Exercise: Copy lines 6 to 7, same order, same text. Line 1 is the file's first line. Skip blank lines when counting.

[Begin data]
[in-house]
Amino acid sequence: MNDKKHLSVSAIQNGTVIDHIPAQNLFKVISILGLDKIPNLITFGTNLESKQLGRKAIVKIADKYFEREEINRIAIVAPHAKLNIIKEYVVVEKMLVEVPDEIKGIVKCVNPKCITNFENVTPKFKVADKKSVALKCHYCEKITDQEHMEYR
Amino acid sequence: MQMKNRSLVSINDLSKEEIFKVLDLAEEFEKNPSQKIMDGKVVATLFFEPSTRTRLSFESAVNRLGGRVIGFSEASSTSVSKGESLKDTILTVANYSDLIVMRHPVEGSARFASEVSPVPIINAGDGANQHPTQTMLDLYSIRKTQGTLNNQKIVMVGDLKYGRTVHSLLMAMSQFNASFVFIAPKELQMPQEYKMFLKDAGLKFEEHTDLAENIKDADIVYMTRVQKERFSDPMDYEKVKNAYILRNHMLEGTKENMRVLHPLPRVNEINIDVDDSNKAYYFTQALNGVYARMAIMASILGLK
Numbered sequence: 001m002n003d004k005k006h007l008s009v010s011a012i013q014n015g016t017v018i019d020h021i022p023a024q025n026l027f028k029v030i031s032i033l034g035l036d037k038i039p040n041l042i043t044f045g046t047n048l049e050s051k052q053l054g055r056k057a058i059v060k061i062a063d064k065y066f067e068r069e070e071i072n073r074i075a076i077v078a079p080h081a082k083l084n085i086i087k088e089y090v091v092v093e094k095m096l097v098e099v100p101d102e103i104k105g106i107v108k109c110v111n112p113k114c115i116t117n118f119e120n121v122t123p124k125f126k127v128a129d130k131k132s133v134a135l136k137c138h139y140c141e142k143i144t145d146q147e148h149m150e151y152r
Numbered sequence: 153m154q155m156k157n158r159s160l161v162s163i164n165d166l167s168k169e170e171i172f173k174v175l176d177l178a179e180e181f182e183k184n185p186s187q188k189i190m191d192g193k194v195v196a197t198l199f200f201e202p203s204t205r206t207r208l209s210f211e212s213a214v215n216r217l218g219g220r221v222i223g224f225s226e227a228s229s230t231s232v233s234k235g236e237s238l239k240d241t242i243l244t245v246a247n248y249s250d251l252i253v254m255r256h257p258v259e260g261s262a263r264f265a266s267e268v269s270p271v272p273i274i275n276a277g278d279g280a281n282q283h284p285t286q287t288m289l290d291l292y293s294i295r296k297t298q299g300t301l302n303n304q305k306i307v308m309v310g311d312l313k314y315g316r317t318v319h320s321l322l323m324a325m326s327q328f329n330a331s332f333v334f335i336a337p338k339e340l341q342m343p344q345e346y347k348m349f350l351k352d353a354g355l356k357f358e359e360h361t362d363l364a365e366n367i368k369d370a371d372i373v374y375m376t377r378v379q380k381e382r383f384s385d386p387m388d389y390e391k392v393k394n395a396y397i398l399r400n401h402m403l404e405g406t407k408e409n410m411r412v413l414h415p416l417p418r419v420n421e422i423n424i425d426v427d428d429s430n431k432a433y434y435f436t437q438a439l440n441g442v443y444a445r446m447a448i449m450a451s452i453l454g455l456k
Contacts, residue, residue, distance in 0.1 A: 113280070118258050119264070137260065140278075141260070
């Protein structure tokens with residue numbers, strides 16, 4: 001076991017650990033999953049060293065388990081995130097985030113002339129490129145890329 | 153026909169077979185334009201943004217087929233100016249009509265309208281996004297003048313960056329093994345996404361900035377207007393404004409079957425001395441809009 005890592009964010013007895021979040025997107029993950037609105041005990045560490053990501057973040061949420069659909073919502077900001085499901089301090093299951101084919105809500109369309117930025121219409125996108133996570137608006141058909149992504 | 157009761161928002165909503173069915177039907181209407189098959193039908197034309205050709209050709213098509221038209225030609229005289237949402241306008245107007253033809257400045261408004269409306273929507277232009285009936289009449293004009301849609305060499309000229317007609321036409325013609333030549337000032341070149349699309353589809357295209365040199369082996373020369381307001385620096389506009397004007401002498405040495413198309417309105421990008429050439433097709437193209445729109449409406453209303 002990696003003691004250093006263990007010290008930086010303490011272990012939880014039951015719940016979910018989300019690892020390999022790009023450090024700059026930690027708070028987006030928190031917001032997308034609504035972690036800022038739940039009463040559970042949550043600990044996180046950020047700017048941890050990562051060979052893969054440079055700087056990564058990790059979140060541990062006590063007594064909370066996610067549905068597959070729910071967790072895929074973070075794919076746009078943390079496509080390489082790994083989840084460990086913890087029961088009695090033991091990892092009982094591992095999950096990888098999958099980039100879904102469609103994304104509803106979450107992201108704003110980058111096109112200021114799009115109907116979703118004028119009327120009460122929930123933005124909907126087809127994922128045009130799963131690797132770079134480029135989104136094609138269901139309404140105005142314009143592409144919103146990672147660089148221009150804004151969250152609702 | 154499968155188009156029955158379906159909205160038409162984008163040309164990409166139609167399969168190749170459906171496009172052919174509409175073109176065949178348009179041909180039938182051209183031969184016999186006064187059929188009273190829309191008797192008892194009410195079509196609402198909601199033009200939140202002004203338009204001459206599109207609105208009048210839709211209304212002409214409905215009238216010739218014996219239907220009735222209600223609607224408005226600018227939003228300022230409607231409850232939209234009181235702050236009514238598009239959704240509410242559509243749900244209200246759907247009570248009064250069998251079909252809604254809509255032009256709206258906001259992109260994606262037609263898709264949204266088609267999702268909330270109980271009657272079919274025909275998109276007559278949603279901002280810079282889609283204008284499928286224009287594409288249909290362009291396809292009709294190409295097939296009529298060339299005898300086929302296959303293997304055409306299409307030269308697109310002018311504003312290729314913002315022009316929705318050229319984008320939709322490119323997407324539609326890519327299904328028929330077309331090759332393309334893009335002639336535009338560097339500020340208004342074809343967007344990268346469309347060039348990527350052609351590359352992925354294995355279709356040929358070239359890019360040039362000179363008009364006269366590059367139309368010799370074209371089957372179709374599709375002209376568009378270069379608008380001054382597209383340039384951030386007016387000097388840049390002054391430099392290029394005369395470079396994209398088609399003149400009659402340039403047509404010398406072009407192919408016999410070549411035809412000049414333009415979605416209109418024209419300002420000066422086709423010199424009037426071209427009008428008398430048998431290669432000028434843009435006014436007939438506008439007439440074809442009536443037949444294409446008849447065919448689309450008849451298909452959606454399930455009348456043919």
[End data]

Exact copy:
Contacts, residue, residue, distance in 0.1 A: 113280070118258050119264070137260065140278075141260070
């Protein structure tokens with residue numbers, strides 16, 4: 001076991017650990033999953049060293065388990081995130097985030113002339129490129145890329 | 153026909169077979185334009201943004217087929233100016249009509265309208281996004297003048313960056329093994345996404361900035377207007393404004409079957425001395441809009 005890592009964010013007895021979040025997107029993950037609105041005990045560490053990501057973040061949420069659909073919502077900001085499901089301090093299951101084919105809500109369309117930025121219409125996108133996570137608006141058909149992504 | 157009761161928002165909503173069915177039907181209407189098959193039908197034309205050709209050709213098509221038209225030609229005289237949402241306008245107007253033809257400045261408004269409306273929507277232009285009936289009449293004009301849609305060499309000229317007609321036409325013609333030549337000032341070149349699309353589809357295209365040199369082996373020369381307001385620096389506009397004007401002498405040495413198309417309105421990008429050439433097709437193209445729109449409406453209303 002990696003003691004250093006263990007010290008930086010303490011272990012939880014039951015719940016979910018989300019690892020390999022790009023450090024700059026930690027708070028987006030928190031917001032997308034609504035972690036800022038739940039009463040559970042949550043600990044996180046950020047700017048941890050990562051060979052893969054440079055700087056990564058990790059979140060541990062006590063007594064909370066996610067549905068597959070729910071967790072895929074973070075794919076746009078943390079496509080390489082790994083989840084460990086913890087029961088009695090033991091990892092009982094591992095999950096990888098999958099980039100879904102469609103994304104509803106979450107992201108704003110980058111096109112200021114799009115109907116979703118004028119009327120009460122929930123933005124909907126087809127994922128045009130799963131690797132770079134480029135989104136094609138269901139309404140105005142314009143592409144919103146990672147660089148221009150804004151969250152609702 | 154499968155188009156029955158379906159909205160038409162984008163040309164990409166139609167399969168190749170459906171496009172052919174509409175073109176065949178348009179041909180039938182051209183031969184016999186006064187059929188009273190829309191008797192008892194009410195079509196609402198909601199033009200939140202002004203338009204001459206599109207609105208009048210839709211209304212002409214409905215009238216010739218014996219239907220009735222209600223609607224408005226600018227939003228300022230409607231409850232939209234009181235702050236009514238598009239959704240509410242559509243749900244209200246759907247009570248009064250069998251079909252809604254809509255032009256709206258906001259992109260994606262037609263898709264949204266088609267999702268909330270109980271009657272079919274025909275998109276007559278949603279901002280810079282889609283204008284499928286224009287594409288249909290362009291396809292009709294190409295097939296009529298060339299005898300086929302296959303293997304055409306299409307030269308697109310002018311504003312290729314913002315022009316929705318050229319984008320939709322490119323997407324539609326890519327299904328028929330077309331090759332393309334893009335002639336535009338560097339500020340208004342074809343967007344990268346469309347060039348990527350052609351590359352992925354294995355279709356040929358070239359890019360040039362000179363008009364006269366590059367139309368010799370074209371089957372179709374599709375002209376568009378270069379608008380001054382597209383340039384951030386007016387000097388840049390002054391430099392290029394005369395470079396994209398088609399003149400009659402340039403047509404010398406072009407192919408016999410070549411035809412000049414333009415979605416209109418024209419300002420000066422086709423010199424009037426071209427009008428008398430048998431290669432000028434843009435006014436007939438506008439007439440074809442009536443037949444294409446008849447065919448689309450008849451298909452959606454399930455009348456043919």